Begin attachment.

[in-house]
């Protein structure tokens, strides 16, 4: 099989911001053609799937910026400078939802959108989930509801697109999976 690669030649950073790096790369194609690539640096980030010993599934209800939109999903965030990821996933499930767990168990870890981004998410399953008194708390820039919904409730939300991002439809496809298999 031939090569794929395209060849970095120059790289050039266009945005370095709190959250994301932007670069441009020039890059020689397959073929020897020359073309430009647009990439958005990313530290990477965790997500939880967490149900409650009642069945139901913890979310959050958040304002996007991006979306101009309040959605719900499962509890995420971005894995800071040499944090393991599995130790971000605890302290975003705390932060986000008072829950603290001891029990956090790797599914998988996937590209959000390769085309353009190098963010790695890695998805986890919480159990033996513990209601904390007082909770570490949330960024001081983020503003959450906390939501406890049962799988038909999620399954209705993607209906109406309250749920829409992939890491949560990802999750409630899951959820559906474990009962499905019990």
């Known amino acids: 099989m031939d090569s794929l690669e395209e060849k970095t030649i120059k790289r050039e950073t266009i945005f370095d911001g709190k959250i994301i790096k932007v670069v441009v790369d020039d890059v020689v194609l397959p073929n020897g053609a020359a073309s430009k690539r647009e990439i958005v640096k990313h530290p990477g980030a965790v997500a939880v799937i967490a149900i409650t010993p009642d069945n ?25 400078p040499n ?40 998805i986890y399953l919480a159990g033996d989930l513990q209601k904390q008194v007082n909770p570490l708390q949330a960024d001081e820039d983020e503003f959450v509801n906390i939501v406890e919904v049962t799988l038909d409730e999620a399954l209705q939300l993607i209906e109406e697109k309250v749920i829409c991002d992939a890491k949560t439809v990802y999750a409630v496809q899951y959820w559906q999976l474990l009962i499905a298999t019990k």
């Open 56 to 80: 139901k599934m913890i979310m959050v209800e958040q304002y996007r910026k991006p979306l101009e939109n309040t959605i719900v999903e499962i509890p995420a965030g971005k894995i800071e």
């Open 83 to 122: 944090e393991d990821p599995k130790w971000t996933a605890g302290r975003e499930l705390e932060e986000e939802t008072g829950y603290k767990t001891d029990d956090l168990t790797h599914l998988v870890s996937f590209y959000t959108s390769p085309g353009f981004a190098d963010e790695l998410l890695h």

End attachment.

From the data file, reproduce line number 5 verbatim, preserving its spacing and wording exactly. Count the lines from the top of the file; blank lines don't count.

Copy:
């Open 83 to 122: 944090e393991d990821p599995k130790w971000t996933a605890g302290r975003e499930l705390e932060e986000e939802t008072g829950y603290k767990t001891d029990d956090l168990t790797h599914l998988v870890s996937f590209y959000t959108s390769p085309g353009f981004a190098d963010e790695l998410l890695h």